New nuclear power could be set for a major boost in the UK. The prime minister is reportedly meeting with senior cabinet ministers this month to discuss the role of nuclear in the UK’s future energy supply, and it is expected that new nuclear will feature in his upcoming “10-point plan” for tackling the climate crisis. On Wednesday evening, Boris Johnson said: “There is no time to waste. That’s why I’ll be setting out my 10-point plan shortly, which will not only create thousands of British jobs but also invigorate our plans to achieve net zero by 2050.” The most likely candidate to get the green light under Mr Johnson’s new plans is Sizewell C, a proposed nuclear power station that would be built on the Suffolk coast. The project’s contractors, EDF Energy, say the station would be an “almost identical replica” of Hinkley Point C, the last large nuclear power station to get the go-ahead in the UK. Unlike onshore wind and solar projects, large nuclear power stations could deliver a large boost to the electricity supply without taking up lots of land, says Professor Jim Watson, an energy systems and policy researcher at University College London. “At the moment, the large reactors are looking very expensive in comparison to other low-carbon technologies,” says Watson. “I think if the nuclear industry and politicians want nuclear to play a role then that’s the challenge they need to address: is it possible to get those costs down?” The proposed Sizewell C project has also drawn criticism for its potential environmental costs. The RSPB has warned that the station would cause the destruction of Minsmere, a natural reserve that is home to more 6,000 species, including otters, water voles, marsh harriers and bats. In response to this criticism, EDF has previously said that Sizewell C would deliver a “net gain for biodiversity”. (This claim is disputed by the RSPB.) “The government has committed to protect 30 per cent of the UK’s land by 2030 to boost biodiversity, so allowing the destruction of one of the most nature-rich places we already have in the UK would be a crazy decision,” said Beccy Speight, chief executive of the RSPB.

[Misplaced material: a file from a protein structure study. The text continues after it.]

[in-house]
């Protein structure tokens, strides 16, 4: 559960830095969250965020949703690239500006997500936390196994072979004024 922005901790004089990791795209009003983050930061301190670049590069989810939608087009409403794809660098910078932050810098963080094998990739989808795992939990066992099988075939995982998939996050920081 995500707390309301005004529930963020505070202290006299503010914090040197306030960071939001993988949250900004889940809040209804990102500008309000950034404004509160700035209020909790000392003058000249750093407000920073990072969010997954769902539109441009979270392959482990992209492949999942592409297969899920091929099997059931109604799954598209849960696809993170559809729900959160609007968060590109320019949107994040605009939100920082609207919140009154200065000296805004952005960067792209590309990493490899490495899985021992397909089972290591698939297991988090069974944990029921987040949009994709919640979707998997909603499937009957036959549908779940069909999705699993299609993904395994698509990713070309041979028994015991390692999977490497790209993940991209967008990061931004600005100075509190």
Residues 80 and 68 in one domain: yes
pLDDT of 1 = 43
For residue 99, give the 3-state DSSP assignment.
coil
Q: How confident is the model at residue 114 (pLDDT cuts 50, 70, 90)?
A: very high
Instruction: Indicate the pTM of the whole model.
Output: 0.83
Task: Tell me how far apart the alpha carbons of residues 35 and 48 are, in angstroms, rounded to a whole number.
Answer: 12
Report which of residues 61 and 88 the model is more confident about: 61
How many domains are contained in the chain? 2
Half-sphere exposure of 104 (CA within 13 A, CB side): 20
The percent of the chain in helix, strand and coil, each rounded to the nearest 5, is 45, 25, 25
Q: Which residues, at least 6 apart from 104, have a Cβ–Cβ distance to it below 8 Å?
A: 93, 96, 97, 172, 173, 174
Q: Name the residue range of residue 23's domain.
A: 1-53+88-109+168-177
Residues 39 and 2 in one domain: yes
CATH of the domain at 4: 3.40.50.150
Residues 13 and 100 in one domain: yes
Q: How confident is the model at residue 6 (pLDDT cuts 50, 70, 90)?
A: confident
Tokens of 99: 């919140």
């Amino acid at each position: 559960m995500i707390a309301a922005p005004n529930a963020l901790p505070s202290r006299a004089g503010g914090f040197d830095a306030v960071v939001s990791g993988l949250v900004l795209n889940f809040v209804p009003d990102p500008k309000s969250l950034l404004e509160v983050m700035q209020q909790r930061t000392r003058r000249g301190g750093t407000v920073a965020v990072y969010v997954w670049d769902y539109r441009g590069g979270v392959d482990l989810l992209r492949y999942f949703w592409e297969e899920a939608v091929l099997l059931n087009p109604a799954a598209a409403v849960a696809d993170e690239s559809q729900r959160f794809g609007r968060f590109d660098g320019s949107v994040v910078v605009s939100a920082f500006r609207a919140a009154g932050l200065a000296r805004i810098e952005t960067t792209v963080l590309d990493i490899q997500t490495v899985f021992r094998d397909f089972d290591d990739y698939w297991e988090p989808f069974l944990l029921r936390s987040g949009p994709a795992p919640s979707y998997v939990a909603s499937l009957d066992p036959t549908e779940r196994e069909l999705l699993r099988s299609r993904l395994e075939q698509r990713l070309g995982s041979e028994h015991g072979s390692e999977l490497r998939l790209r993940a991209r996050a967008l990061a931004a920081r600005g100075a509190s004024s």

Independent 12th Nov 2020 read more »
The Government has vowed to ensure it considers whether Sizewell C mitigation measures are stringent enough, after a Suffolk MP called for adequate scrutiny of the plans. Sources have indicated that the Government is close to giving the go ahead for the £20billion scheme on the Suffolk coast, prompting Central Suffolk and North Ipswich MP Dr Dan Poulter to call on the Secretary of State for Business, Alok Sharma, to ensure developers EDF will be “held to account and will properly engage with the consultation to implement the changes needed to improve road and rail infrastructure”.
Suffolk News 11th Nov 2020 read more »